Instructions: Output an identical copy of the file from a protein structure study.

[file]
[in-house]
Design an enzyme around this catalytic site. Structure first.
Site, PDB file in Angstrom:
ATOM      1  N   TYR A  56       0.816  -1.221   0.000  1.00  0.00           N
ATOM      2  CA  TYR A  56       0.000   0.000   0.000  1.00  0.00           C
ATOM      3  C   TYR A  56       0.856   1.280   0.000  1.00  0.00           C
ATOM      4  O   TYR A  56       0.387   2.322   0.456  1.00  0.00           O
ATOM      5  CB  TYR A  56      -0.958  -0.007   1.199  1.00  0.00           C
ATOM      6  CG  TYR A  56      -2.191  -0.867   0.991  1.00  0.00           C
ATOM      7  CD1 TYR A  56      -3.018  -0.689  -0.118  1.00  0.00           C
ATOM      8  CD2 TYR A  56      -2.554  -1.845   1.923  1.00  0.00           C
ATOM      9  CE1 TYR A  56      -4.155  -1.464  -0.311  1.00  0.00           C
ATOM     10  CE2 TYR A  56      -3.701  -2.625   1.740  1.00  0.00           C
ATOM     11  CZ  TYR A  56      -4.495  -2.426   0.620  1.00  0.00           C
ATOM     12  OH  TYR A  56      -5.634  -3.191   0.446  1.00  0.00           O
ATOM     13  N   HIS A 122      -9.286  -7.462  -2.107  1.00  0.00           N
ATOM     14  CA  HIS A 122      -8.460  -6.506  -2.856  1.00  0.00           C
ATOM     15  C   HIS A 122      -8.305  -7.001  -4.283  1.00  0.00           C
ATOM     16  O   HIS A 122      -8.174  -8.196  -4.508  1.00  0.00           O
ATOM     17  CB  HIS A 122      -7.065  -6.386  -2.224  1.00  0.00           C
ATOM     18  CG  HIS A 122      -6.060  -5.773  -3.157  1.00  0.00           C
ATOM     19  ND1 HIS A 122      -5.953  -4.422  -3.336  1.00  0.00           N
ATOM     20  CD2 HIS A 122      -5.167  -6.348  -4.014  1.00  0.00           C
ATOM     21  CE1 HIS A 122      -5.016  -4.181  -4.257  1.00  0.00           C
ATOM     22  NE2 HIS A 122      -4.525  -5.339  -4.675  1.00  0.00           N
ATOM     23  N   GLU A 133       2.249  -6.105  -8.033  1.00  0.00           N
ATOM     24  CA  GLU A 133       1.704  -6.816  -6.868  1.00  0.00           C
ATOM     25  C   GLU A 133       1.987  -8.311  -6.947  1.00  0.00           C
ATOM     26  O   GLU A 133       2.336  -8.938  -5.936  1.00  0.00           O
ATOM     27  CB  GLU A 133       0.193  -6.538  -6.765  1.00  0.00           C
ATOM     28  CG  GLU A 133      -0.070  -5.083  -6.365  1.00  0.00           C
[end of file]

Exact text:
[in-house]
Design an enzyme around this catalytic site. Structure first.
Site, PDB file in Angstrom:
ATOM      1  N   TYR A  56       0.816  -1.221   0.000  1.00  0.00           N
ATOM      2  CA  TYR A  56       0.000   0.000   0.000  1.00  0.00           C
ATOM      3  C   TYR A  56       0.856   1.280   0.000  1.00  0.00           C
ATOM      4  O   TYR A  56       0.387   2.322   0.456  1.00  0.00           O
ATOM      5  CB  TYR A  56      -0.958  -0.007   1.199  1.00  0.00           C
ATOM      6  CG  TYR A  56      -2.191  -0.867   0.991  1.00  0.00           C
ATOM      7  CD1 TYR A  56      -3.018  -0.689  -0.118  1.00  0.00           C
ATOM      8  CD2 TYR A  56      -2.554  -1.845   1.923  1.00  0.00           C
ATOM      9  CE1 TYR A  56      -4.155  -1.464  -0.311  1.00  0.00           C
ATOM     10  CE2 TYR A  56      -3.701  -2.625   1.740  1.00  0.00           C
ATOM     11  CZ  TYR A  56      -4.495  -2.426   0.620  1.00  0.00           C
ATOM     12  OH  TYR A  56      -5.634  -3.191   0.446  1.00  0.00           O
ATOM     13  N   HIS A 122      -9.286  -7.462  -2.107  1.00  0.00           N
ATOM     14  CA  HIS A 122      -8.460  -6.506  -2.856  1.00  0.00           C
ATOM     15  C   HIS A 122      -8.305  -7.001  -4.283  1.00  0.00           C
ATOM     16  O   HIS A 122      -8.174  -8.196  -4.508  1.00  0.00           O
ATOM     17  CB  HIS A 122      -7.065  -6.386  -2.224  1.00  0.00           C
ATOM     18  CG  HIS A 122      -6.060  -5.773  -3.157  1.00  0.00           C
ATOM     19  ND1 HIS A 122      -5.953  -4.422  -3.336  1.00  0.00           N
ATOM     20  CD2 HIS A 122      -5.167  -6.348  -4.014  1.00  0.00           C
ATOM     21  CE1 HIS A 122      -5.016  -4.181  -4.257  1.00  0.00           C
ATOM     22  NE2 HIS A 122      -4.525  -5.339  -4.675  1.00  0.00           N
ATOM     23  N   GLU A 133       2.249  -6.105  -8.033  1.00  0.00           N
ATOM     24  CA  GLU A 133       1.704  -6.816  -6.868  1.00  0.00           C
ATOM     25  C   GLU A 133       1.987  -8.311  -6.947  1.00  0.00           C
ATOM     26  O   GLU A 133       2.336  -8.938  -5.936  1.00  0.00           O
ATOM     27  CB  GLU A 133       0.193  -6.538  -6.765  1.00  0.00           C
ATOM     28  CG  GLU A 133      -0.070  -5.083  -6.365  1.00  0.00           C